Cases: Harris v. Perl, 41 N.J. 455 (1964); Louis Schlesinger Co. v. Rice, 4 N.J. 169, 181 (1950), “a wrongful act is any act which in the ordinary course will infringe upon the rights of another to his/her damage, except it be done in the exercise of an equal or superior right”; Raymond v. Cregar, 38 N.J. 472, 480 (1962), “malicious interference is the intentional doing of a wrongful act without justification or excuse”; Sokolay v. Edlin, 65 N.J. Super. 112, 128 (App. Div. 1961), to sustain the allegations that defendant maliciously interfered with plaintiff’s employment there must be proof of (1) actual interference by defendant, and (2) the malicious nature of such interference. 

                                    Respectfully submitted,


                                    _________________________

Tuesday, February 13, 2018

unreported case -overcrowding not automatic grounds for eviction

unreported case -overcrowding not automatic grounds for eviction
SUPERIOR COURT OF NEW JERSEY
APPELLATE DIVISION
DOCKET NO. A-4889-11T4

PEACHTREE MANAGEMENT
CO., INC.,

Plaintiff-Respondent,

v.

TACY ALBERTSON,1

Defendant-Appellant.
__________________________

February 28, 2013
 
Argued January 30, 2013 - Decided
 
Before Judges Grall and Simonelli.
 
On appeal from the Superior Court of New Jersey, Law Division, Special Civil Part, Camden County, Docket No. LT-3752-12.
 
Sonia Bell argued the cause for appellant (South Jersey Legal Services, Inc., attorneys; Ms. Bell, on the briefs).
 
Dale W. Keith argued the cause for respondent (Grimes & Grimes, LLC, attorneys; Mr. Keith, on the brief).

PER CURIAM
In this summary dispossess matter, defendant Tacy Albertson appeals from the May 24, 2012 judgment of possession entered in favor of plaintiff Peachtree Management Co., Inc. Because we conclude the court lacked jurisdiction to enter the judgment, we reverse.
In June 2001, defendant executed a lease with plaintiff's predecessor for a one-bedroom apartment. The apartment is subject to rent stabilization, with a fixed monthly rent and pet fees. The lease only permitted two occupants; defendant and her child resided in the apartment. Defendant's tenancy continued after plaintiff purchased the property in December 2007.
At some point, defendant permitted her husband to reside in the apartment. In May 2009, the Department of Community Affairs (DCA) cited plaintiff for various violations relating to the apartment, including overcrowding. A June 25, 2009 Report and Orders of the Commission indicated that nearly all of the violations, including overcrowding, were abated on June 17, 2010 (the 2009 DCA order). There is no evidence that plaintiff received any other local or State agency citation for violations relating to the apartment, including overcrowding violations.
Plaintiff believed that defendant's husband was still residing in the apartment. In an April 25, 2012 letter, plaintiff advised defendant as follows:
This is your three (3) day Notice to Quit and Landlord's Demand for Possession of the above premises based upon [N.J.S.A.] 2A:18-61.1(c), [willful] or grossly negligent damage to the premises. You have moved additional people into your one (1) bedroom apartment which [is] in violation of the NJ Administrative Code.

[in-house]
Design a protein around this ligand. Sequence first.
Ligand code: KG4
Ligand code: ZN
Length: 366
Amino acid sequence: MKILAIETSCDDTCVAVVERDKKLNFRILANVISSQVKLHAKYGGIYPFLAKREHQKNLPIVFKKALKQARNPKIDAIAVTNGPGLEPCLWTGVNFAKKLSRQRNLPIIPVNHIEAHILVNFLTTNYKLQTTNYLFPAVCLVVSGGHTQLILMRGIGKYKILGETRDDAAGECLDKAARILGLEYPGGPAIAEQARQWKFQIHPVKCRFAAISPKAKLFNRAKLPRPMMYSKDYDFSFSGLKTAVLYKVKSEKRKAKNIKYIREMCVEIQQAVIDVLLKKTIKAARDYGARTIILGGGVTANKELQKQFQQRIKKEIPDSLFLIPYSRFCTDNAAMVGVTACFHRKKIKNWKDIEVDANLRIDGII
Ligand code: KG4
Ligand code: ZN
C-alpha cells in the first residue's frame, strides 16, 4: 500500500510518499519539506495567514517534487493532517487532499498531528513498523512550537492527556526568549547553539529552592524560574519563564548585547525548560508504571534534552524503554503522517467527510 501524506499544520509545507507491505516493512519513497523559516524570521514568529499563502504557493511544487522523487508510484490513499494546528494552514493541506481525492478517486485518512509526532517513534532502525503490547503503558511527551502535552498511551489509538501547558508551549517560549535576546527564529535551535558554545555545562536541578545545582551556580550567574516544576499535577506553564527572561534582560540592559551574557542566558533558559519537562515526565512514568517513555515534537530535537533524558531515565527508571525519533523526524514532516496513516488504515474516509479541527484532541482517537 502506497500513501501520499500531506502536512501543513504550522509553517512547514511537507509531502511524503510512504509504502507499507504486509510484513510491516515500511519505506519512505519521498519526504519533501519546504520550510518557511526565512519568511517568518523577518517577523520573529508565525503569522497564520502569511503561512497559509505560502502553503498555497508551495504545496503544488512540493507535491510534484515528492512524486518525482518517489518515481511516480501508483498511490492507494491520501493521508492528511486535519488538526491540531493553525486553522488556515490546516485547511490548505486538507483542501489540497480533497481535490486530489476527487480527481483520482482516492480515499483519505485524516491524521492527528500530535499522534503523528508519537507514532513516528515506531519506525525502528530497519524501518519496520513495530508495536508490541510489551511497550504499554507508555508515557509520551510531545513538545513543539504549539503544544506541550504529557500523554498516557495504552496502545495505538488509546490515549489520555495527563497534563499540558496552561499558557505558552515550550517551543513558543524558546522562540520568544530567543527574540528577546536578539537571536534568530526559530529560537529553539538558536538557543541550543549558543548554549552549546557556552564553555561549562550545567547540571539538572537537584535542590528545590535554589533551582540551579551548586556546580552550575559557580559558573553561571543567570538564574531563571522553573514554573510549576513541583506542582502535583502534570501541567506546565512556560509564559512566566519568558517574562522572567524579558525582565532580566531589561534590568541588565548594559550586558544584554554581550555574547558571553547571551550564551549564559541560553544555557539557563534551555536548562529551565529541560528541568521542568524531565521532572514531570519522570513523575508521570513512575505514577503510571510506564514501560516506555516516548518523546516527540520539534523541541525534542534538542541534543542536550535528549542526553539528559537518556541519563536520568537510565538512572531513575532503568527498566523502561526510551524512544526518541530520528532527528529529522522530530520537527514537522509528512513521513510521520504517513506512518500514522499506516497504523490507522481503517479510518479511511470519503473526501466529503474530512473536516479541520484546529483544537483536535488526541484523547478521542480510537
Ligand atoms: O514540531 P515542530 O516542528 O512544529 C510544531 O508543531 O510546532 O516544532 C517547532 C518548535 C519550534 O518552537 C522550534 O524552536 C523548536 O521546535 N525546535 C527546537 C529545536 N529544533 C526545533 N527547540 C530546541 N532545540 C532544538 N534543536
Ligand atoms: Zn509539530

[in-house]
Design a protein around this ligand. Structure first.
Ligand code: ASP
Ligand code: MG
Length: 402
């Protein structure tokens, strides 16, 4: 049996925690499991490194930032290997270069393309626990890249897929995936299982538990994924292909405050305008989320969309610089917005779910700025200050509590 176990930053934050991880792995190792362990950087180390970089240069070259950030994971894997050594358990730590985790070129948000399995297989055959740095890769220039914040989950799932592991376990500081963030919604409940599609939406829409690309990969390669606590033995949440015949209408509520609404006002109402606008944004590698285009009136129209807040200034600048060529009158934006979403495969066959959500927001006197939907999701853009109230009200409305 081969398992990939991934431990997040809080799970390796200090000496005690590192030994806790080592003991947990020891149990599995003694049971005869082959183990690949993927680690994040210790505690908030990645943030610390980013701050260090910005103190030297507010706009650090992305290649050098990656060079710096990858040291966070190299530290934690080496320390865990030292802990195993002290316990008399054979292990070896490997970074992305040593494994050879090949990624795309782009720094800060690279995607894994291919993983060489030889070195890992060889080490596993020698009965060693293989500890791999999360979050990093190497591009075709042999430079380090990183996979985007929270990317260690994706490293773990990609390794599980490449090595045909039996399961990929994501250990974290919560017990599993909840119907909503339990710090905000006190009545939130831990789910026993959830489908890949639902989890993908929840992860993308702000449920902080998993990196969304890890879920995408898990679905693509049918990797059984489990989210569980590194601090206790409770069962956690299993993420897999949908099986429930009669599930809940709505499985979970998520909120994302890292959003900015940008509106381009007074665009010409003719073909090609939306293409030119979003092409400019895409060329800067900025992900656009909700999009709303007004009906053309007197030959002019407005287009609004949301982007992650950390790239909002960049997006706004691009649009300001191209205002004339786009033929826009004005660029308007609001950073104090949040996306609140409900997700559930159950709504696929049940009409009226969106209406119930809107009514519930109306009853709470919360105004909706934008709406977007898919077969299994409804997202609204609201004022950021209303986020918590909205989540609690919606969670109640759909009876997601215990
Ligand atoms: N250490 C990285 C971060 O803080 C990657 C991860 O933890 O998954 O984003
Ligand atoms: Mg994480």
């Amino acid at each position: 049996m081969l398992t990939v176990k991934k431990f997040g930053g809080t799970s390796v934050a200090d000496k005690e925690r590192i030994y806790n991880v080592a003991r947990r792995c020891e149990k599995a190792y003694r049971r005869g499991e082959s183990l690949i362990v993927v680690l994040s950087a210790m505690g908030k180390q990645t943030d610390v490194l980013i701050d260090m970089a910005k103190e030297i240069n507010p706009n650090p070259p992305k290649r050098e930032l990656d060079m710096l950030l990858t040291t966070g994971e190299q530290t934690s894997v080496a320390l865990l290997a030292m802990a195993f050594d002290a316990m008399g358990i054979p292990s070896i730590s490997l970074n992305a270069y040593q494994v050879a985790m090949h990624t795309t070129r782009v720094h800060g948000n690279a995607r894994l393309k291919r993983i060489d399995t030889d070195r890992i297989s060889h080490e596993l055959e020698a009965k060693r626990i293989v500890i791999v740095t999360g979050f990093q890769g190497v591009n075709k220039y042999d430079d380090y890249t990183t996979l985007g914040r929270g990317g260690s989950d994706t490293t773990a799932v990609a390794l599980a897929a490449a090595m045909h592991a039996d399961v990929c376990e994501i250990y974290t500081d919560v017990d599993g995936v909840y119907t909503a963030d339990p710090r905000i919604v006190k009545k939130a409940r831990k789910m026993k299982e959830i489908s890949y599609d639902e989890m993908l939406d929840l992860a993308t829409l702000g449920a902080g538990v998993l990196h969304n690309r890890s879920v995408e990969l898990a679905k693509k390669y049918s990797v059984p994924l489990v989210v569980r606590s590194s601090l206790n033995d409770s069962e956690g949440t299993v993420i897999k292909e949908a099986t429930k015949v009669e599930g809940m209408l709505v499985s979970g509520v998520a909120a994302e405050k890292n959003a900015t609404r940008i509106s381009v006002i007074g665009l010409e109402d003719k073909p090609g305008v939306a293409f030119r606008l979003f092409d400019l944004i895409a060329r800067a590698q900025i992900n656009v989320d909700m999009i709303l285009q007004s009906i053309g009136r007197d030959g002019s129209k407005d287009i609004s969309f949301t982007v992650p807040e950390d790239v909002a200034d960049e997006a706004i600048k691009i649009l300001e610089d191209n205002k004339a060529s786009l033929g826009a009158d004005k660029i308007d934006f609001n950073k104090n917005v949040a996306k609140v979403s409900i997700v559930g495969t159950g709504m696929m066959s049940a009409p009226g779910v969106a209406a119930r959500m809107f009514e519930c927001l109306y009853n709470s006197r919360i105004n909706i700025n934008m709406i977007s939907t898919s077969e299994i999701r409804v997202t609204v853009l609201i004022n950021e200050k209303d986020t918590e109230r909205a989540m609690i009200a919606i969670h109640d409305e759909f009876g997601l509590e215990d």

Based on the size of the bedroom in your apartment your one (1) bedroom unit is limited to only two (2) occupants. The New Jersey housing code limits the number of occupants who can reside in your apartment.
 
You are hereby notified that your lease IS HEREBY TERMINATED and that you have three (3) days from the receipt of this letter to vacate the property.
 
The landlord DEMANDS POSSESSION. You must vacate the property within three (3) days and deliver possession to the landlord or eviction proceedings will be instituted.
 
On May 3, 2012, plaintiff filed a complaint for possession based on two causes of action: non-payment of rent; and "[d]estruction of property." At trial, plaintiff proceeded solely under the latter cause of action, arguing there was overcrowding, which violated the New Jersey Administrative Code (Code), specifically N.J.A.C. 5:10-22.3. As evidence of overcrowding, plaintiff presented the 2009 DCA order and the landlord's testimony that he saw defendant's husband in the apartment on a regular basis. Plaintiff presented no evidence of actual damage to the property, but argued that overcrowding constituted damage. The court rejected that argument and determined there was no evidence of any damage to the property to warrant eviction under N.J.S.A. 2A:18-61.1c. Nonetheless, the court found there was overcrowding, which constituted a lease and Code violation, and granted a judgment of possession on those grounds. This appeal followed.
On appeal, defendant contends that the court erred in entering a judgment of possession based on grounds not listed in the complaint and because plaintiff failed to prove there was destruction of property. Defendant also contends the court lacked jurisdiction to consider the matter because plaintiff never served a notice to cease or a notice to quit based on a lease or Code violation.